June 10 2013

NPR: 50 Years After The Equal Pay Act, Gender Wage Gap Endures

NPR

by Yuki Noguchi

On this day 50 years ago, President John F. Kennedy signed the Equal Pay Act in an effort to abolish wage discrimination based on gender. Half a century later, the Obama administration is pushing Congress to pass the Paycheck Fairness Act, designed to make wage differences more transparent.

Some dispute the frequently cited figure that women are paid 77 cents for every dollar a man earns. But even those who argue the gap is narrower agree it's most prominent when a woman enters her childbearing years.

'She's Just Going To Leave Me'

In 2010, an analytics firm called Reach Advisors crunched Census Bureau numbers and found something surprising: The median salary of single, childless women under the age of 30 was 8 percent higher than their male counterparts. That's largely because more women are going to college than men.

What made that number noteworthy is that it's the only group of women who have a pay advantage. In fact, different numbers from Reach Advisors show that that early advantage vaporizes later in women's lives — especially if they have children.

"Studies have shown for over a decade that what is really killing women economically is motherhood," says Joan Williams, professor at the University of California Hastings College of Law. She popularized the term "maternal wall," referring to discrimination against hiring or promoting mothers based on the assumption she will be less committed to her job.

"We run a hotline, so I hear about it most every week," Williams says.

The number of pregnancy and maternity discrimination charges filed with the Equal Employment Opportunity Commission has steadily increased since the late 1990s.

"I think what's interesting is that it's against the law, I assume everybody knows it, yet it still occurs. And it occurs in a very overt fashion," says David Lopez, the agency's general counsel. "That means that employers often leave trails of emails saying, in effect, 'We don't want her because she's a mother.' "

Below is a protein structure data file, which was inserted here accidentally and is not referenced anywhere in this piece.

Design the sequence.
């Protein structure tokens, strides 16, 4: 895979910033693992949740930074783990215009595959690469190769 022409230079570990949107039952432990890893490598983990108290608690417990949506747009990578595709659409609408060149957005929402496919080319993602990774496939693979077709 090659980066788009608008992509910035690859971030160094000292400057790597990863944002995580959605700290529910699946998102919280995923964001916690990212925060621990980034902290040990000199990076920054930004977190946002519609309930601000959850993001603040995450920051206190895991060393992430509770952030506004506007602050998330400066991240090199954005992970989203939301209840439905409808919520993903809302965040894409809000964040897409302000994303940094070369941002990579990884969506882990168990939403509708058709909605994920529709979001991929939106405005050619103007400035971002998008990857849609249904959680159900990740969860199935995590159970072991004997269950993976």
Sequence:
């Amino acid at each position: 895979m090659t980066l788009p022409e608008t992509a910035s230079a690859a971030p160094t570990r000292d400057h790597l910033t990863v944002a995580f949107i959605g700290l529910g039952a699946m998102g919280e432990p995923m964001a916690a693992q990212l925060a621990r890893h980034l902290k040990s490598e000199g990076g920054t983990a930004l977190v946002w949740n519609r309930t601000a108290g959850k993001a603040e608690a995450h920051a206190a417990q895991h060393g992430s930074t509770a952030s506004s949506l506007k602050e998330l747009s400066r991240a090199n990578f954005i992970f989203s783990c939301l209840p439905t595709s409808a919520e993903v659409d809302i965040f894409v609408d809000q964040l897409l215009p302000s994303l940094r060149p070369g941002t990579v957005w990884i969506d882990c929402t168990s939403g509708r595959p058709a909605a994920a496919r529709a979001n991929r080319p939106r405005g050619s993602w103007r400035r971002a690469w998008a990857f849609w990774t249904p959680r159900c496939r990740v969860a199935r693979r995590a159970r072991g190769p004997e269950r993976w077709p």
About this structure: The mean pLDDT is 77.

Catherine Hill is research director for the American Association of University Women. She says the pay advantage young women supposedly have disappears when you control for the level of education. Her research shows that, just a year out of college, women are at a 6.6 percent pay disadvantage. Hill says a big part of that is the anticipation of motherhood.

For example, she says, employers may ask themselves: Am I really going to spend the money to put this woman into a training program? She's just going to leave me, after all.

"And that kind of discriminatory behavior really boxes women in, so we all get penalized because people fear that women are going to leave the workplace," Hill says.

And she says the pay gap compounds over time, hurting women in their retirement years.

A First Step Or Step Back?

Not everyone agrees there's a link between the pay gap and discrimination.

Sabrina Schaeffer is executive director of the Independent Women's Forum, a conservative and libertarian women's advocacy group.

"I don't deny that there is a wage gap. The question for me is, how big is that gap, and what are the causes?" Schaeffer says.

Schaeffer attributes the so-called motherhood penalty in pay to choices women make to work fewer hours or take time off. Less experience adds up to less pay. And, she says, anti-discrimination laws paradoxically hurt working women.

"I absolutely think that we would be better off without the Equal Pay Act," Schaeffer says.

She says rules and regulations make it harder for employers to grant flexible work arrangements because they're required to track pay and hours worked. So women make the tradeoff to work less and get paid less — and that's not necessarily bad.

"We often talk as if men and women live in a vacuum, and as if what's good for my husband or what's good for me doesn't benefit the other person. At the end of the day, as I see it, our interests are tied. So I think that the idea of a motherhood penalty is a little bit outdated," Schaeffer says.

But equal pay activists say it is, in fact, the future. A recent Pew Research Center study showed 40 percent of moms are breadwinners — and that a majority of them are single.

Williams, the Hastings law professor, says the pay gap should not be framed as a matter of choice.

"Women choose to have babies; they don't choose the discrimination that goes along with it," she says.

Speaking 50 years ago, President Kennedy hailed the Equal Pay Act a "first step." He then asked Congress to fund tax breaks and day care centers so women could remain in the workforce even after they became mothers. [Copyright 2013 NPR]

TRANSCRIPT: